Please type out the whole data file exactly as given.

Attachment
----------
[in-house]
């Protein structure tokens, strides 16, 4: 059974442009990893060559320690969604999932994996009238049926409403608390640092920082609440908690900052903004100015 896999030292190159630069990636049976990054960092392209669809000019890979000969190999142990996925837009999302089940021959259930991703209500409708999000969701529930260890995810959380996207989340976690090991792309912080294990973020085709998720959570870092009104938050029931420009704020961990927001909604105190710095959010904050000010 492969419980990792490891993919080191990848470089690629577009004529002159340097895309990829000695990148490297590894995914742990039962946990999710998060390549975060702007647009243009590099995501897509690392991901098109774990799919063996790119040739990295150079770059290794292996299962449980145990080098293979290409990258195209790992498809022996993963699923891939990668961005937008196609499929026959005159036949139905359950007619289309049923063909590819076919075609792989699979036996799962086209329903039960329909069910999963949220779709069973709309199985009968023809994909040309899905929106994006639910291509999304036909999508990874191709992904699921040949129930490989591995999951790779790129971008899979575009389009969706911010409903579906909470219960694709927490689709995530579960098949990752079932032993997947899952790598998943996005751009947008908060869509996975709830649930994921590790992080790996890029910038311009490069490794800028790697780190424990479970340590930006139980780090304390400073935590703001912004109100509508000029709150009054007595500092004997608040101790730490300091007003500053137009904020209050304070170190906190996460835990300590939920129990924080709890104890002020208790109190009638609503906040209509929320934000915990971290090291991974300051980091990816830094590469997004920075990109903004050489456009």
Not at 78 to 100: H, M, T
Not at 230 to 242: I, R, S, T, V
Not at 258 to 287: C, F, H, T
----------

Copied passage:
[in-house]
């Protein structure tokens, strides 16, 4: 059974442009990893060559320690969604999932994996009238049926409403608390640092920082609440908690900052903004100015 896999030292190159630069990636049976990054960092392209669809000019890979000969190999142990996925837009999302089940021959259930991703209500409708999000969701529930260890995810959380996207989340976690090991792309912080294990973020085709998720959570870092009104938050029931420009704020961990927001909604105190710095959010904050000010 492969419980990792490891993919080191990848470089690629577009004529002159340097895309990829000695990148490297590894995914742990039962946990999710998060390549975060702007647009243009590099995501897509690392991901098109774990799919063996790119040739990295150079770059290794292996299962449980145990080098293979290409990258195209790992498809022996993963699923891939990668961005937008196609499929026959005159036949139905359950007619289309049923063909590819076919075609792989699979036996799962086209329903039960329909069910999963949220779709069973709309199985009968023809994909040309899905929106994006639910291509999304036909999508990874191709992904699921040949129930490989591995999951790779790129971008899979575009389009969706911010409903579906909470219960694709927490689709995530579960098949990752079932032993997947899952790598998943996005751009947008908060869509996975709830649930994921590790992080790996890029910038311009490069490794800028790697780190424990479970340590930006139980780090304390400073935590703001912004109100509508000029709150009054007595500092004997608040101790730490300091007003500053137009904020209050304070170190906190996460835990300590939920129990924080709890104890002020208790109190009638609503906040209509929320934000915990971290090291991974300051980091990816830094590469997004920075990109903004050489456009």
Not at 78 to 100: H, M, T
Not at 230 to 242: I, R, S, T, V
Not at 258 to 287: C, F, H, T